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With a simple background in schoolboy French and Spanish, I became interested in studying Celtic languages at 16, as well as N.T. Greek. After asking my father (who achieved distinction in all his A-levels) what the etymology of BLACK was, having known that the German adjective is SCHWARTZ > 'Swarthy', and the French is NOIR(E), it happened to be just a word that came into my mind as not in any way connected to them. This sparked my interest in pursuing any word that might be carried through from Celtic, that was still spoken generally in the United Kingdom until the advance of the Saxons, the Angles (hence Anglo-Saxon), and the Vikings, et cetera. These conquests practically wiped out the Celtic vocabulary, except in certain place names and, particularly river names - some of which are actually pre-Celtic in origin. Certain words have been handed down in speech before any records were left of their written forms. Words like DOWN and DUN have Germanic cognates, but if they have been carried down from the Celts it is because of their Germanic equivalents. There are a few exceptions to this and, words of Iberian origin - separate from Basque that is isolated from the rest of the European languages - are very tricky to attest from their origin and links with pre-historic Spanish or Javanese. Etymologies have been my focal point of hobby interest as far as languages are concerned for over forty years. If disallowed to continue editing etymological sections on the Talk (Discussion) pages, my ultimate work was to compile an Etymological word list, included only Middle English and older words, thus eliminating all the borrowed words, especially from Classical background. This would involve a point system to be included, (that I had already commenced); as follows: 0 = absolutely not; 1 = exceedingly unlikely; 2 = very unlikely; 3 = dubious; 4 = possible ; 5 = probable; 6 = likely; 7 = unattested; 8 = attested; 9 = obvious, (this relating only to indisputable, almost matching earlier words in the same language). Upgraded terms: [0] means 'Absolutely not; [1] means 'Exceedingly unlikely'; [2] means 'Very dubious'; [3] means 'Questionable'; [4] means 'Possible'; [5] means 'Probable'; [6] means 'Likely'; [7] means 'Most Likely' or *Unattested; [8] means 'Attested'; [9] means 'Obvious' - only used for close matches within the same language or dialect, at linkable periods.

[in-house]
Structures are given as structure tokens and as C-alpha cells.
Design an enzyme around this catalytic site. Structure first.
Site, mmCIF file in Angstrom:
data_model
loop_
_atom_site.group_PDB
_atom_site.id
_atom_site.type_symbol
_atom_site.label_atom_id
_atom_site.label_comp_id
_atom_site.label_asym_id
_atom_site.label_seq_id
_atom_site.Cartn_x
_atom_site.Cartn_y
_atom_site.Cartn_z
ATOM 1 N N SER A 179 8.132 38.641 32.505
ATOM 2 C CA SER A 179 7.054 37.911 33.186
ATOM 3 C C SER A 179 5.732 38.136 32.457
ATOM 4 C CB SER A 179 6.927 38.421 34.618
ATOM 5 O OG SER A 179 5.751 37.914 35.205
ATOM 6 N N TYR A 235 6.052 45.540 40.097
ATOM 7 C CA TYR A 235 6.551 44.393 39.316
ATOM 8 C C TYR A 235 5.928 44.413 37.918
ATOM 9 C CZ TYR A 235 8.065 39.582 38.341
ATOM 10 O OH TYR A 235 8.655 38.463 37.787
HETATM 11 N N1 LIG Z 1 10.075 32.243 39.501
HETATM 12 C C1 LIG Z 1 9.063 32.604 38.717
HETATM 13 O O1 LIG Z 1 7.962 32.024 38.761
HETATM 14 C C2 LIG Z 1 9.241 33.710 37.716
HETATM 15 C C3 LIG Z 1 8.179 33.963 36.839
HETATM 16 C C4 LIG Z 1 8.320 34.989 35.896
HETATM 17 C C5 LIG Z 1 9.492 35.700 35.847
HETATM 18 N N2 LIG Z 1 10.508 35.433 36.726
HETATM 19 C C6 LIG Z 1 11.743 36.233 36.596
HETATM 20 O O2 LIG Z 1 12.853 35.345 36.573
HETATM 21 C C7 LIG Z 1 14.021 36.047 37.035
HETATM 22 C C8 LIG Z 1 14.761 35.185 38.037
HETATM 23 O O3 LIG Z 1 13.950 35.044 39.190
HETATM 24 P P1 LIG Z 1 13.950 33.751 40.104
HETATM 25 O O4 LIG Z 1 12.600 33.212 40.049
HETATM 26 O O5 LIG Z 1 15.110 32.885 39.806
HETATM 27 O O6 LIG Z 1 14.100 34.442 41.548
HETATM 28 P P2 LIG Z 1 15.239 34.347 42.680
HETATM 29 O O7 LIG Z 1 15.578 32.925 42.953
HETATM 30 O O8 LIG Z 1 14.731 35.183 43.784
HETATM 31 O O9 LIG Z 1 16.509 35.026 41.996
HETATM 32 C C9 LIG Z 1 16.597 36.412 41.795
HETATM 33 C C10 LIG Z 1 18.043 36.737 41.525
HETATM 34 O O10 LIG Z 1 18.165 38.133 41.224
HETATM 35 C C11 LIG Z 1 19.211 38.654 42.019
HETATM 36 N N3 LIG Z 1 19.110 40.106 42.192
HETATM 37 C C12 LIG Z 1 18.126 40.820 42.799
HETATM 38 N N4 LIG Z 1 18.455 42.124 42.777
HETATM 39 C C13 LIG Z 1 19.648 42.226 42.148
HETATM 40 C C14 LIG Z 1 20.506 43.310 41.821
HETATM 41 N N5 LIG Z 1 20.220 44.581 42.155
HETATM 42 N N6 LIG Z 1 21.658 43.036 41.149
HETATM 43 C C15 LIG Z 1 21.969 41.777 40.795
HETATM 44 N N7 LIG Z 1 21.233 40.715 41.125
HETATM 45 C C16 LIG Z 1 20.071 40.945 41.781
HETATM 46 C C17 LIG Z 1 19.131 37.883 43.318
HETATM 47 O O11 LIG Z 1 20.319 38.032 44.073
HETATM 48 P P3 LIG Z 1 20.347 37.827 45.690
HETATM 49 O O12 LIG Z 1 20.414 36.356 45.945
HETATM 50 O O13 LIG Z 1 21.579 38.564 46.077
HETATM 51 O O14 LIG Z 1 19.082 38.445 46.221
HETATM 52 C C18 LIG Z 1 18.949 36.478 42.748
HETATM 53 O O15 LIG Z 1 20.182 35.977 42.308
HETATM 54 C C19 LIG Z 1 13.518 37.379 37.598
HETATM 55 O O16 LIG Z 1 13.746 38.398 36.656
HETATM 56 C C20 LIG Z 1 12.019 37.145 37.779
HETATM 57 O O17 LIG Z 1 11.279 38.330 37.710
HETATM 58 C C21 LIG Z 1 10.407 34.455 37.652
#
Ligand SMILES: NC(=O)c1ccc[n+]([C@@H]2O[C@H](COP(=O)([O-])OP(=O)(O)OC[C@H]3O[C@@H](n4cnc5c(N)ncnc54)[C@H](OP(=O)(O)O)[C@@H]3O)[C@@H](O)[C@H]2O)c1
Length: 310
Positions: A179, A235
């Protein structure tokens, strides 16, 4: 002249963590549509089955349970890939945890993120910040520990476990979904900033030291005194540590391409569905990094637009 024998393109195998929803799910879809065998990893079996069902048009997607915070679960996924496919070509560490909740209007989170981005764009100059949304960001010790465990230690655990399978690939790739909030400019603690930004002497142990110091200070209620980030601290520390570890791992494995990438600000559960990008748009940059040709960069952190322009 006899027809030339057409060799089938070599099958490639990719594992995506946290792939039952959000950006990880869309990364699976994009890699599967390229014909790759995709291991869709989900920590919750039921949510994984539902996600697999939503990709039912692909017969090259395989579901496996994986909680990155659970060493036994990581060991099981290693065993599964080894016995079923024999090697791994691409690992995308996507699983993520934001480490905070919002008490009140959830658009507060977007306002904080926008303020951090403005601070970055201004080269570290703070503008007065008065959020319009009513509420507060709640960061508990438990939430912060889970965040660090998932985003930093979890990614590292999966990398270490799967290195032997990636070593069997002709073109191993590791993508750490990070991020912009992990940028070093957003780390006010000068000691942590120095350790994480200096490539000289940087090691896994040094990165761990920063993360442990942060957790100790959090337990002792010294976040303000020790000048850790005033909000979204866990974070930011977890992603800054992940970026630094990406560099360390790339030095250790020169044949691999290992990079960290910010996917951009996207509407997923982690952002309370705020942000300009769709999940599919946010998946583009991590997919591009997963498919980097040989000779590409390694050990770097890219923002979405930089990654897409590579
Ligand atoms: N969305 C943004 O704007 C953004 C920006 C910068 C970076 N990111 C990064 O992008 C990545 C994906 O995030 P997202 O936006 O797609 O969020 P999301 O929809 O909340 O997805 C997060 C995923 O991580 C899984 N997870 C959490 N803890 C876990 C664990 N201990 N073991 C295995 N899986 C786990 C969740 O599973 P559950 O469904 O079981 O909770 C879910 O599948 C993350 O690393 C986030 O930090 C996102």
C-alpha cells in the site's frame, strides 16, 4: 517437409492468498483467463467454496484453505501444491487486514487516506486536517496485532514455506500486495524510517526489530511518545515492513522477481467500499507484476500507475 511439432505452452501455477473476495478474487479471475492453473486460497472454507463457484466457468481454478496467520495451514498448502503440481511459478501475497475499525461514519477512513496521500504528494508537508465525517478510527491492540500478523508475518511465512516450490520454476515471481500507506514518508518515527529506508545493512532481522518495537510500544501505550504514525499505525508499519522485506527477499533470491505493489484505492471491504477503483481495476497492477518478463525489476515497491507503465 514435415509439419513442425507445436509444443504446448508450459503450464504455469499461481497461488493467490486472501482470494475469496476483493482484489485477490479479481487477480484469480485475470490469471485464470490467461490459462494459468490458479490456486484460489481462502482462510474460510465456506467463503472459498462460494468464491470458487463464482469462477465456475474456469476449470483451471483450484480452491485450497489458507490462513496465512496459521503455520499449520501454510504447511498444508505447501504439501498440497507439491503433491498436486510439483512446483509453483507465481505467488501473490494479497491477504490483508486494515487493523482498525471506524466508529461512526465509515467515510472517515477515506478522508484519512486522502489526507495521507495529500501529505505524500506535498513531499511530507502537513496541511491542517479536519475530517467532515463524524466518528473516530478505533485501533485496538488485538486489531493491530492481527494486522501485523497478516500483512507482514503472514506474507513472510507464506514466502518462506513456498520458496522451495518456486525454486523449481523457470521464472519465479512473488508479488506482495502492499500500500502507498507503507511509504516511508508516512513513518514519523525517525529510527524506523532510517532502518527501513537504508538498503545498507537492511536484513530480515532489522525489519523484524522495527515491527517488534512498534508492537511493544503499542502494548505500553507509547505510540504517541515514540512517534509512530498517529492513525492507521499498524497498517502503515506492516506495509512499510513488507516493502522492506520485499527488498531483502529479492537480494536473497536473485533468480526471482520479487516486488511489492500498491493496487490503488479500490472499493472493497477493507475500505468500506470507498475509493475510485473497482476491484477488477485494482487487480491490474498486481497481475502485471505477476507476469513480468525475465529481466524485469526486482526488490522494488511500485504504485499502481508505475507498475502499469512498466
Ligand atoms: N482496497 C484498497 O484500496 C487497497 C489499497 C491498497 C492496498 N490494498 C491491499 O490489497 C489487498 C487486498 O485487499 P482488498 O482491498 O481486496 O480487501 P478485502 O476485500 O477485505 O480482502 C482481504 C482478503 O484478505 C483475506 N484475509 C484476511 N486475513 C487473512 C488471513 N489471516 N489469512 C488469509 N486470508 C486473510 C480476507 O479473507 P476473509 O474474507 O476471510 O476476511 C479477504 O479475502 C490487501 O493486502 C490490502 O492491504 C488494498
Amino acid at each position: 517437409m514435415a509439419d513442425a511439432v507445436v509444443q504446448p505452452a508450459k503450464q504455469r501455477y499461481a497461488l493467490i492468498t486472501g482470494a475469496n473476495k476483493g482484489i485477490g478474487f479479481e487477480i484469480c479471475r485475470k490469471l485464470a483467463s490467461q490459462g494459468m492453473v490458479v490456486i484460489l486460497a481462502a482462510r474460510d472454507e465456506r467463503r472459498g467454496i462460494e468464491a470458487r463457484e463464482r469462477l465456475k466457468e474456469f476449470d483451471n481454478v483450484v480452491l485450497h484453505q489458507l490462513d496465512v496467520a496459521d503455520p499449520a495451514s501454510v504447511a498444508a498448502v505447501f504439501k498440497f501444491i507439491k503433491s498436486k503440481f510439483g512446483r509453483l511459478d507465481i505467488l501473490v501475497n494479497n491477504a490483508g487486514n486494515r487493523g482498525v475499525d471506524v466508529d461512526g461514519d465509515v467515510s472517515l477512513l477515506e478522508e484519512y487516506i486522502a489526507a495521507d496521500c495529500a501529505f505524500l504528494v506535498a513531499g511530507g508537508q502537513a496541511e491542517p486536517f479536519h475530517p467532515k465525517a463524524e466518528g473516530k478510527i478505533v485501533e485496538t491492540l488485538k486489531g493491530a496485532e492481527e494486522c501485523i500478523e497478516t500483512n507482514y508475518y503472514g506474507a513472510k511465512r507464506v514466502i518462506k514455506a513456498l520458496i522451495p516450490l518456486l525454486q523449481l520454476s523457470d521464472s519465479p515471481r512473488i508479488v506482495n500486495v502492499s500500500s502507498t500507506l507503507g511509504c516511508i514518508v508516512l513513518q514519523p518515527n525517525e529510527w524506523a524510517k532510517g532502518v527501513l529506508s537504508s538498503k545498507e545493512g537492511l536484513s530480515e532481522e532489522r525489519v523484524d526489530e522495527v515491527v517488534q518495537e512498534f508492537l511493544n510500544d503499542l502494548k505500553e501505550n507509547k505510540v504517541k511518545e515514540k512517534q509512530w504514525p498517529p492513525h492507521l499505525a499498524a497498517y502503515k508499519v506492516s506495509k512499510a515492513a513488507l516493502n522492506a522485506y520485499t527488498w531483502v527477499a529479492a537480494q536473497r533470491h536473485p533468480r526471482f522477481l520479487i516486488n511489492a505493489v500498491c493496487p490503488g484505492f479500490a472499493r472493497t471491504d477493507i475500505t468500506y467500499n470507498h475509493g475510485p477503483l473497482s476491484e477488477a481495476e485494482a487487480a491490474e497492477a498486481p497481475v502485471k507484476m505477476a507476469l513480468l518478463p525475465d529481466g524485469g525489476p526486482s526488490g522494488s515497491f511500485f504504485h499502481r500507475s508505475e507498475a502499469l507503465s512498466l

Enough said about personal background, except that I used the origins of languages in their family trees as my non-fiction subject for my O-level G.C.S.E. English Language in 2003. I only obtained a B- because the paragraphs were not linked properly, but re-wrote it to obtain A-. It was four years later that I took up the subject seriously to write out all the mediaeval and older words commencing with A and B, with their etymologies from the Oxford Etymological Dictionary, comparing certain words with their Celtic equivalent from Welsh, Gaelic and Irish dictionaries. Very few had to be stated differently than what I read, but those that did were developed in a similar manner to some already on Wiktionary. I used to like to think of a Celtic origin of a number of words; but they either have that origin or they do not. Hybridity of Celtic and Germanic origins of certain words cannot be out ruled, since the Celtic slaves would not have taken on the Anglo-Saxon language over night, particularly amongst themselves - many would not have had the learning capacity to do so! (If a word begins with 'Cl' and has been retained from Celtic, it will still retain 'Cl', whereas the Germanic equivalent is 'Hl'. Germanic initial 'K' equates with Greek initial 'G', when relevant). 'Wookey' in Wookey Hole, is from Celtic OGO(V) [and possible the root of COVE, with its Germanic cognates]. 'Hole' is from Germanic for a 'cave' or 'cavity'; so when we use 'WOOKEY HOLE' we are really saying 'CAVE CAVE' from two different language sub-families! Certain lexemes exist that have Germanic cognates but yet are all of Brythonic origin, without having a separate Germanic root. MOOR is an example of this, having its meaning mutated from 'sea' through to 'swamp' and finally to 'heath'. This equates with Cornish HAL, that now means 'moor', earlier as 'marsh', from the root of HYLY (salt water), akin to Greek ΆΛΣ (HALS) = (sea), and also (salt) - but that final connection is very dubious! The point that I make is that if a word has its equivalent in French it is likely to come from French or Old French, not from an older conquest origin. If a word is closer to its Scandinavian counterpart than its older English form, it will be at least influenced by that cognate word if not directly from it. An exception to this is ROCK, that is carried through in the bisyllabic word STĀN-ROCC, from the Celtic, possibly remotely connected to Cornish RAGG in RAGGENYS (rocky island). The vowel sound was often lengthened in Anglo-Saxon when a dental lost its nasalisation, for example SANDHA became SŌTH = SŌDH, MOND became MŪTH, TANDh became TŌTH, et cetera. The stock root of the origins of 'six' and 'seven' pre-date any posed roots in Wiktionary and are of extreme antiquity, especially that of 'seven'. The Welsh and Cornish for 'six' and 'seven' are a hybrid of Celtic and Uralian; compare Finnish kuusi and seitsemän, respectively. The origins in the British Isles were from Gomer and all of that area belonged to that same pre-historic family. It must be remembered that the original language in Britain was older than Punic (the language of the Carthaginians) - it was like the ancient Canaanite of the Castari. The original language in Wales is certainly the oldest in the British Isles, where languages that belong to three or four different language families were spoken during its history. The -aeth and -eth suffices are pre-Celtic. A number of British words differ little from their Germanic counterparts and so were easily assimulated. It is wrong to assume that all of the ancient words in the British Isles were eliminated by conquests. It has been stated by scholars that much of the Celtic tongues are pre-dominantly Brythonic or Goidelic in their vocabulary, but Punic or pre-Celtic in grammar! A scholar has proved that while most of Pictish is now of Brythonic origin, there are remnants of scripts that belong to the Neolithic form of ancient Pictish, of which TAGONA, (whence Gaelic THA = 'yes' and 'to be), resembles Basque DAGO; and NAUKA (to have), closely resembles, both phonetically and semantically that in Basque.